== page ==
Influence of night length on home range size in the northern bat Eptesicus nilssonii
The northern bat Eptesicus nilssonii is widespread in Fennoscandia, with breeding populations well above the Arctic Circle. I studied this species at its extreme northern limit, at 69°N in Norway. I radio-tracked 17 bats from 2 maternity roosts during 2003–2006 to study the influence of the midnight sun and increasing lengths of darkness on activity (time spent out of roost) and home range size. Activity and home range was highly correlated with night length (light intensity); both increasing progressively with season. Bats were classified into 3 groups based on the time of the season they were tracked (basically July, August and September–October); short activity (average 1.57 h) and small home range (average 0.91 km2), medium activity (3.69 h) and medium-sized home range (4.58 km2), and long activity (4.80 h) and large home range (17.2 km2). Bats visited roosts several times during the night, and the duration of roost visits increased significantly by group. The number of periods out of roost increased from the first to the second group (1.45 vs. 2.36 flight periods per night), but insignificantly to the third group (2.37 flights). The most significant increase in activity and home range was associated with the first flight of juveniles in early August. These bats appeared to have a threshold level of around 1700 lux for activity out of roost, with little difference between light levels at emergence and return (the second group returned in significantly poorer light than they emerged in). Although the northern bat at this extreme latitude had adapted to the ambient light conditions, the bright nights under the midnight sun and the short season strongly reduced their window of opportunity for activity and may possibly reduce survival and reproductive success.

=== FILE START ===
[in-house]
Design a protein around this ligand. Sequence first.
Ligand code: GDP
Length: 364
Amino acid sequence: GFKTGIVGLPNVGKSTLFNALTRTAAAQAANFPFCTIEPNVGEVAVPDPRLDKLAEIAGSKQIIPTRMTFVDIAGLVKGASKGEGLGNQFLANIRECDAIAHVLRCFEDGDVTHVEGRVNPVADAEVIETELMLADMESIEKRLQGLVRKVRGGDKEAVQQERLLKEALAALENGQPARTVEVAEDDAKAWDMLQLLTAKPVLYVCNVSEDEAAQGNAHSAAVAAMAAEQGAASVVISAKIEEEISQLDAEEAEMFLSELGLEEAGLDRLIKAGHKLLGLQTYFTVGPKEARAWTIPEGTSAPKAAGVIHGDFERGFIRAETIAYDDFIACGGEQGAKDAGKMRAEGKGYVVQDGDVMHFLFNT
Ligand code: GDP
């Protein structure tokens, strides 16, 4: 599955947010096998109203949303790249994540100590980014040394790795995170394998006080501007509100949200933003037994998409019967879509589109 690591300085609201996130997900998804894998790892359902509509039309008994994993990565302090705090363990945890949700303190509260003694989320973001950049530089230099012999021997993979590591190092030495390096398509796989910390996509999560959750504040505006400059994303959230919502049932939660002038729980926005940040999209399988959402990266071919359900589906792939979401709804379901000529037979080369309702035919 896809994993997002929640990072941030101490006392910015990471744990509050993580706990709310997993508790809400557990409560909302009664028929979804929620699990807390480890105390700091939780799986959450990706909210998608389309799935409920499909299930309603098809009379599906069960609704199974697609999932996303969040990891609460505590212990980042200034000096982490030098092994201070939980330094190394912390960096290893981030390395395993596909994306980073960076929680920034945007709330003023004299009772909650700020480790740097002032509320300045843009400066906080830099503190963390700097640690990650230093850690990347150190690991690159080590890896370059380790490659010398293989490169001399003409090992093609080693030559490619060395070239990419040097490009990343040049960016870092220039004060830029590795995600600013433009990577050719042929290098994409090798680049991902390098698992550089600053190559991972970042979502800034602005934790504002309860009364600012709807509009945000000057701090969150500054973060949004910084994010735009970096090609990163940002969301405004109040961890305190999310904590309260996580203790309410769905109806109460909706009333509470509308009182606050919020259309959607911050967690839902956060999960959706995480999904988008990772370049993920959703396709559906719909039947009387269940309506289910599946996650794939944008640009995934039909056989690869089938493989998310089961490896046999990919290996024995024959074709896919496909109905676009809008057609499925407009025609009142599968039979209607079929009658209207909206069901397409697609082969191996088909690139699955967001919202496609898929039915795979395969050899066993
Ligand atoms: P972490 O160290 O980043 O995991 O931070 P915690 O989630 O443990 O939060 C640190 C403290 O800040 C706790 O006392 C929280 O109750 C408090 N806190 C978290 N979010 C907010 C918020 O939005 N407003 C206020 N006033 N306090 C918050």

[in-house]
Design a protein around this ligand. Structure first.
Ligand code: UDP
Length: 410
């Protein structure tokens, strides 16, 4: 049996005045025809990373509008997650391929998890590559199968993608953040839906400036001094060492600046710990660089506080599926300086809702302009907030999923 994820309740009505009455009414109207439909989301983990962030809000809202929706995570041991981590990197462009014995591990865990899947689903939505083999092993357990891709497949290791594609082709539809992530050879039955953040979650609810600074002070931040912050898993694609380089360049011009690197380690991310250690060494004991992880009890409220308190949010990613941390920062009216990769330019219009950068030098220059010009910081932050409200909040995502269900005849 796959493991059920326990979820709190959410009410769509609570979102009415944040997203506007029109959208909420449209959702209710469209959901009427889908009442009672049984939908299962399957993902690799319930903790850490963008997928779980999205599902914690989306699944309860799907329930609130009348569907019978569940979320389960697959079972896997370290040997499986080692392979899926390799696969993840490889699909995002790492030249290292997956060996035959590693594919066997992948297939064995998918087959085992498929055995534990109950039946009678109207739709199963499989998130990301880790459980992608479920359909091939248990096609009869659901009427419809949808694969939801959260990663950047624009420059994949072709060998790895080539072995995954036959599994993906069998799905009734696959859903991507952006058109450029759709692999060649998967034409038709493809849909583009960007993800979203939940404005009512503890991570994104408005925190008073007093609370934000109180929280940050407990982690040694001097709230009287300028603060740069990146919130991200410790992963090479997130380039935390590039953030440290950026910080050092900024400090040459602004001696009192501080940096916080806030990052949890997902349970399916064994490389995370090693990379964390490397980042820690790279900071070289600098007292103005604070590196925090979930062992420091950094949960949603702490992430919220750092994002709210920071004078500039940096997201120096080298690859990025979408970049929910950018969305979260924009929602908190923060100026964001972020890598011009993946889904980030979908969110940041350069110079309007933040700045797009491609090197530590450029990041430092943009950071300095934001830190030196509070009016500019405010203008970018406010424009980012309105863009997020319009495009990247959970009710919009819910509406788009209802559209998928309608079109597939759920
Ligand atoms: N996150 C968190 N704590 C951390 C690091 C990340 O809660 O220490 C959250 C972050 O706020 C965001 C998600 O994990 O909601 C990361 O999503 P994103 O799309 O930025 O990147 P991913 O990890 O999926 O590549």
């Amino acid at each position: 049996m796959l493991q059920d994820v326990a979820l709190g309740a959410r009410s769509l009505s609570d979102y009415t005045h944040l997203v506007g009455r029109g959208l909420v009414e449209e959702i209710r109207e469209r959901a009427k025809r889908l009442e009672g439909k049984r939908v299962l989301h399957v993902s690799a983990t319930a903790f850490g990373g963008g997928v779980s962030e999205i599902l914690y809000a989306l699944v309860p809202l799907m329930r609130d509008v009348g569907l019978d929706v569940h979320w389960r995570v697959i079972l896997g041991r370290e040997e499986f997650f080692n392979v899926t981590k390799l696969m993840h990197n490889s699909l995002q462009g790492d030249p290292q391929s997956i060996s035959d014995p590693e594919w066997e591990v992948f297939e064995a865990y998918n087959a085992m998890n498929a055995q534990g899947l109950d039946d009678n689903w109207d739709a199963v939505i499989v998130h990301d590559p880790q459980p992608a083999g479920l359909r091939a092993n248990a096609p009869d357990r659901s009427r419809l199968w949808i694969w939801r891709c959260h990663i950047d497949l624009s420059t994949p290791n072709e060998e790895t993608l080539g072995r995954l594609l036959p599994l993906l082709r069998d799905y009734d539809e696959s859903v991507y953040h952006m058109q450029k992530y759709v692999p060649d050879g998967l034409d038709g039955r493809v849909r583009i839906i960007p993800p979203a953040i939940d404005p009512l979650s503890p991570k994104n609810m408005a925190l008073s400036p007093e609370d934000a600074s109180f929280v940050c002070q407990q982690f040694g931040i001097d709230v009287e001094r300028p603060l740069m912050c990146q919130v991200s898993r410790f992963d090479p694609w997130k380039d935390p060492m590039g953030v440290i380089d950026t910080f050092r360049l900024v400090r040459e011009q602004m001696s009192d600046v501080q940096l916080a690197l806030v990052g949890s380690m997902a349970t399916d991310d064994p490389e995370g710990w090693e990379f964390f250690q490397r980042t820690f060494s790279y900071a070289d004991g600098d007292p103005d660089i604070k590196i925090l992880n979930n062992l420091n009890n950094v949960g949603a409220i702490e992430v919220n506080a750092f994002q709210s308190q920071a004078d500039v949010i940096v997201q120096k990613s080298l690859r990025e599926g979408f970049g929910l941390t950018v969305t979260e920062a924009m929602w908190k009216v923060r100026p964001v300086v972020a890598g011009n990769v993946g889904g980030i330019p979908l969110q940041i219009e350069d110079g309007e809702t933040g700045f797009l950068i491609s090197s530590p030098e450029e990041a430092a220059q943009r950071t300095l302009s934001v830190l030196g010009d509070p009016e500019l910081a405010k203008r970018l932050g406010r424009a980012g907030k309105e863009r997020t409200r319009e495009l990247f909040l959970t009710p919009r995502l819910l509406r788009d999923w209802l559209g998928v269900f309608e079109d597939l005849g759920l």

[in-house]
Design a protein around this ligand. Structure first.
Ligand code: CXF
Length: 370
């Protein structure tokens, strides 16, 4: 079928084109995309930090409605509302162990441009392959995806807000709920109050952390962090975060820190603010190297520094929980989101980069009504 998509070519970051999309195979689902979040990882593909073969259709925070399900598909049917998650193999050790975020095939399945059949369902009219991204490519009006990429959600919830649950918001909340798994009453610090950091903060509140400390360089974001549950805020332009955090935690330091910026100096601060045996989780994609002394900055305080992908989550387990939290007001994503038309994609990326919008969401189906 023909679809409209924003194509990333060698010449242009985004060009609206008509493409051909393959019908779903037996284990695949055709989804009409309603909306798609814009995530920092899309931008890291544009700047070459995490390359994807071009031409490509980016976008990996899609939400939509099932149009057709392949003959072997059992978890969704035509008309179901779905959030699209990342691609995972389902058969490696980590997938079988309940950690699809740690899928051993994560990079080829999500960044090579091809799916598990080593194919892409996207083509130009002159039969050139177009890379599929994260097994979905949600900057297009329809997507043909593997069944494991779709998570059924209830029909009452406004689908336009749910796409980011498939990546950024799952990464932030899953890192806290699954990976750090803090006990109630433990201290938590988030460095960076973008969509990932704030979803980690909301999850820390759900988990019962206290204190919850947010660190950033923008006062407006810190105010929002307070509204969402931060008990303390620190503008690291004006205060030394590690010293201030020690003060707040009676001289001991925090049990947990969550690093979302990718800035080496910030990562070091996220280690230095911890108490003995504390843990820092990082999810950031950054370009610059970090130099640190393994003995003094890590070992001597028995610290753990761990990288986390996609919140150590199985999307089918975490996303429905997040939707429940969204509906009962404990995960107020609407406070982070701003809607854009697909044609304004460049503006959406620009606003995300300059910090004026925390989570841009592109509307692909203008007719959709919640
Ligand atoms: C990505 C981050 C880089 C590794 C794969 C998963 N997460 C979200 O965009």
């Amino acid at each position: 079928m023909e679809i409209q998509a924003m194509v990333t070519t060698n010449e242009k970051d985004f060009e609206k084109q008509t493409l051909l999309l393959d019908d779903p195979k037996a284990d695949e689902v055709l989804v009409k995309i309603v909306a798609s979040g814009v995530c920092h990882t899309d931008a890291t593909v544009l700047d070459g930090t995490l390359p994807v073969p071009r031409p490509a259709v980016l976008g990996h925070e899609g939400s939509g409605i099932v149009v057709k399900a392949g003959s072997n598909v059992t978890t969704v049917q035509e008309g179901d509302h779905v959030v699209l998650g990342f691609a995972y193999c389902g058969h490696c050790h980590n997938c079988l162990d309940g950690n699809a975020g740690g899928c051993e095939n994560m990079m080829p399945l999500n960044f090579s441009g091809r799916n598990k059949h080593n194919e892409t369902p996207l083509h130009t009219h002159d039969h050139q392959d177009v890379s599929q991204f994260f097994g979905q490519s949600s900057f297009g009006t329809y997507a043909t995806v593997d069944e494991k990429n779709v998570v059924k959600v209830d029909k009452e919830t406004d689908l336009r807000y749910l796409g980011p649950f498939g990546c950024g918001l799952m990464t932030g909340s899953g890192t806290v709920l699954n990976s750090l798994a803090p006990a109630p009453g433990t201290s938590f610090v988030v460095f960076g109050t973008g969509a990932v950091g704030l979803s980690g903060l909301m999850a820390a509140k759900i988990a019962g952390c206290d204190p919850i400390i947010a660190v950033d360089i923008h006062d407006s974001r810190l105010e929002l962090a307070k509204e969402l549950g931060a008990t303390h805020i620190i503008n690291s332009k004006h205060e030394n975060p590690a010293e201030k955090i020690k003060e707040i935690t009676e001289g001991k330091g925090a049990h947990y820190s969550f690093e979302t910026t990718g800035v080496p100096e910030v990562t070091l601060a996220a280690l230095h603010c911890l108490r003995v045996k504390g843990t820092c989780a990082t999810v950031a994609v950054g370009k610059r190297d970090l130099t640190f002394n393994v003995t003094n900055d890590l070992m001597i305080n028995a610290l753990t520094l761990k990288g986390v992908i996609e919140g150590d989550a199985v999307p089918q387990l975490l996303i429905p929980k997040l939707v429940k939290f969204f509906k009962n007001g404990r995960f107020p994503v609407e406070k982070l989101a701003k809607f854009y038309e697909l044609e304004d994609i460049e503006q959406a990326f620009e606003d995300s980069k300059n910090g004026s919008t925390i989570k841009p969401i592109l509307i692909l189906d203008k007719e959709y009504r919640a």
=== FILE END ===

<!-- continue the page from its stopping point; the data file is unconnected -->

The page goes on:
CitationMammalian Biology 78(2013) nr. 3 s. 205-211
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